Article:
As a Foster Mum, Mother of four children in their late teens and a youth advocate, much of my time is spent delving in to the issues which affect today’s young people. Regularly, I hear about drug and alcohol abuse, self-harm, depression, bullying, sexualised behaviour and social media addiction. Increasingly, I’m more interested about the cause as opposed to the symptoms. If we can adequately address the cause we have a greater impact on alleviating the symptoms.
A few days ago I read a beautiful review written by Elizabeth Kesses on ‘About Amy’, the recent documentary on the late singer Amy Winehouses. She poignantly describes Winehouse as “Greatly talented [and] tragically misunderstood”.
And there it was, in a simple statement; the summation of my guilt and narrow mindedness. I, like many others had admired Winehouse’s talent but wrote her off as, yet another, celebrity hell-bent on destruction at the hands of drug and alcohol abuse. I sympathized with her as I have an empathy for the trappings of addiction but I never bothered to look beyond this. Did it ever cross my mind to ask ‘Why was she so desperate to escape reality?’
The documentary is an expose of a young girl, like so many, fraught with an inability to accept who she was. She suffered depression, bulimia, anorexia, drug and alcohol abuse and the full gammit of issues that stem from the underlying cause; low self-esteem and lack of acceptance of self. This is defined as a “thinking disorder in which an individual views him/herself as inadequate, unlovable and/or incompetent.”*
Recent studies have shown that five out of six girls are not happy with the way they look and are scared of getting fat.* Needless to say, the increase in boys with self-esteem/self perception issues is drastically on the rise. These findings are terrifying and if we don’t address this we are wasting our time trying to address the myriad of issues that are a consequence of this exact thinking.
There are a plethora of influencing factors in a young person’s perception of themselves. As parents, however, we need not be in denial about the fact that we are the greatest contributing factor -by far. At this point it may be worth keeping in mind that the bulk of a child’s development takes place before the age of nine. Much of their thinking is becoming cemented by this point. So, what are we doing?
As I see it,there are two defining elements:
1.What we say to our child and
2. How we present ‘ourselves’ to the world and how we tackle our own insecurities about image.
The latter is not to be underestimated. Children begin mirroring our behaviour at a very young age. If they are witness to your ongoing obsession with altering your presentation to the world because you are simply not good enough, these very ideals will permeate the structure of their being. Managing our own insecurities in adulthood can be challenging enough but recognizing that they are directly affecting our young ones should not be overwhelming, but more viewed as the necessary catalyst for change.
I remember, many years ago, making a conscious decision that I would do my utmost to not contribute to my children’s negative perceptions of self in regards to image. I had struggled throughout my teens with image and had, at times, suffered greatly with the adverse side effects of this. Needless to say and as confronting as it was, the first thing I had to address was me. This took time and a lot of diligence but it was imperative if they were to not adopt my insecurities.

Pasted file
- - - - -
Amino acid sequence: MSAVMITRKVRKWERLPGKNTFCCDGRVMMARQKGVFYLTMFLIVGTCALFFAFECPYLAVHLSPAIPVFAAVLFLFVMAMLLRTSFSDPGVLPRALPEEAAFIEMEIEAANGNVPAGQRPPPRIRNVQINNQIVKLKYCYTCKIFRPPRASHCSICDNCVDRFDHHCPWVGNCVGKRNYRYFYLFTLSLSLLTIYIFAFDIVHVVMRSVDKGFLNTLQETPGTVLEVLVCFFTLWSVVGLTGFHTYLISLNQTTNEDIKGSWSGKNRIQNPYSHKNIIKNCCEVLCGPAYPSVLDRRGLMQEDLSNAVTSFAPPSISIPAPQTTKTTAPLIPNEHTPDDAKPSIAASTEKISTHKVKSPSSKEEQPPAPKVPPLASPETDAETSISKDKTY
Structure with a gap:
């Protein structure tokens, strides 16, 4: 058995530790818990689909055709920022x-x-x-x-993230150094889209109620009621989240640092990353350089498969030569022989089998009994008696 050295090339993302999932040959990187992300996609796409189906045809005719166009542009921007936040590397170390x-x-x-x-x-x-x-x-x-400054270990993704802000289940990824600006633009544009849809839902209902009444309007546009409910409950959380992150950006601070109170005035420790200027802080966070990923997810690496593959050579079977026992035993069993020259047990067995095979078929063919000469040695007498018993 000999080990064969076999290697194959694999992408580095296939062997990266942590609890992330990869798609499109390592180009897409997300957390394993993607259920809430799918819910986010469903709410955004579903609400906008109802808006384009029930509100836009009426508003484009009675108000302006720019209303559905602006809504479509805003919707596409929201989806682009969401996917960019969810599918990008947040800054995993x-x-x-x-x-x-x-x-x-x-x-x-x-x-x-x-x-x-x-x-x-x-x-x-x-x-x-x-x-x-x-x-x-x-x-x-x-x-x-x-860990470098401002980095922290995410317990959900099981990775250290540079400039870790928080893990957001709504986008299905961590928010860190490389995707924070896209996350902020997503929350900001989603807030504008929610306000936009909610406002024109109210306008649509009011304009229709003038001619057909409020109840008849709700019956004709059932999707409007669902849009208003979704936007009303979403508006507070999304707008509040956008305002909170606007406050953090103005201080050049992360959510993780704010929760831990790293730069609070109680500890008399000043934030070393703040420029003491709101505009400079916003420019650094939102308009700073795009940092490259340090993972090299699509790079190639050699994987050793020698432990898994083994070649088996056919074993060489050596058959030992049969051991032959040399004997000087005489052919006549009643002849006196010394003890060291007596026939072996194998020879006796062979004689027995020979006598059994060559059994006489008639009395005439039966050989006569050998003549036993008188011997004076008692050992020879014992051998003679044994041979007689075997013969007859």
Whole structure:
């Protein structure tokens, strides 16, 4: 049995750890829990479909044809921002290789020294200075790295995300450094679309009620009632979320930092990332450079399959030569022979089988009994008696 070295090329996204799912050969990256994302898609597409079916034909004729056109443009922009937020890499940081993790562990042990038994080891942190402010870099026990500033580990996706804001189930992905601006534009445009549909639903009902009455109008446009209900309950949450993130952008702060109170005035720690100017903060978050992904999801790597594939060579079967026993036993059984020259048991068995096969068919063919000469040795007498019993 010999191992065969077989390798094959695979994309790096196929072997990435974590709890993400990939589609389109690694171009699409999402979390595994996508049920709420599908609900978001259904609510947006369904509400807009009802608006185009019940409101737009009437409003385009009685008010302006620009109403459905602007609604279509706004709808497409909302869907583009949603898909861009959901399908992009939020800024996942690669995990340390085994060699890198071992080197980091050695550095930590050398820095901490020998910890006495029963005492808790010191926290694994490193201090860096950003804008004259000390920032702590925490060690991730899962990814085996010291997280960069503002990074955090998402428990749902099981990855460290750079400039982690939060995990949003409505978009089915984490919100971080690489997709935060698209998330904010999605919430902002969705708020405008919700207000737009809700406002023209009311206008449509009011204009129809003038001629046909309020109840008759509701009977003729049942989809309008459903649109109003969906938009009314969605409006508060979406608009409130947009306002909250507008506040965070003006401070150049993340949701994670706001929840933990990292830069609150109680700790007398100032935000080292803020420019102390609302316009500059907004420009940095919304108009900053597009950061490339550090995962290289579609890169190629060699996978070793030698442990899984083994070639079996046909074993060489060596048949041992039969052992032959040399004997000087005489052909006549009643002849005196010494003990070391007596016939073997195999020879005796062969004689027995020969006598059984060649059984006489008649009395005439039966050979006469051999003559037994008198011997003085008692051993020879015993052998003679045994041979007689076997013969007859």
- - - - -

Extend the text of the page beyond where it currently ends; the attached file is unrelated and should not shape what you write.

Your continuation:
Furthermore, I decided that I would never comment on their weight, whether it be good or bad. I have such clear memories of a friend saying to me when I was 18, ‘Have you lost weight? You look amazing!’ In my head that translated to “If I look good having lost a little bit of weight, imagine how good I will look if I lost a lot of weight”. The outcome of this thinking was not good and took a long time to recover from.
I am, not for a minute saying that you have to give up any or all aspirations to look good. It’s the thinking and the presentation of this thinking that must be healthy, positive and congruent. For me, I had always had a passion for good food, fitness and good health. This provided the perfect alternative for my motivation. If this takes a little while to grasp, I highly recommend the ‘fact it till you make it’ approach.
As a consequence, both my girls and boys, grew up with the perception that looking good was a result of feeling good, inside and out and the reward of a conscientious approach to life. Never once, even through their teens did I ever hear them refer to the need to lose weight. Instead there was, at times, reference made to the fact that they felt they wanted to get healthier, eat better or exercise more.
These may seem like fairly inconsequential actions to be taking, but in my experience, and after 18 years of working with young people with self image issues, these, seemingly small steps and the impacts they have are beyond measure. Needless to say, your teen may take their fair share of hits from their peers but if the language is not familiar or consistent with their, already established thinking, it will hold far less weight.
All of our children are incredibly talented and it is our job to help alleviate the obstacles that keep them from embracing and bringing these talents to the world. It is the expression of the things that they love that bring them a sense of purpose and worth in this world. If them achieving this means changing or addressing our own insecurities so we can better help them overcome theirs, then so be it!
*References for self esteem definition and the statistics on young people and self image.
How can we promote a better self image to children? Have you been upset by comments said to you that have affected your self-esteem? We’d love to hear your thoughts.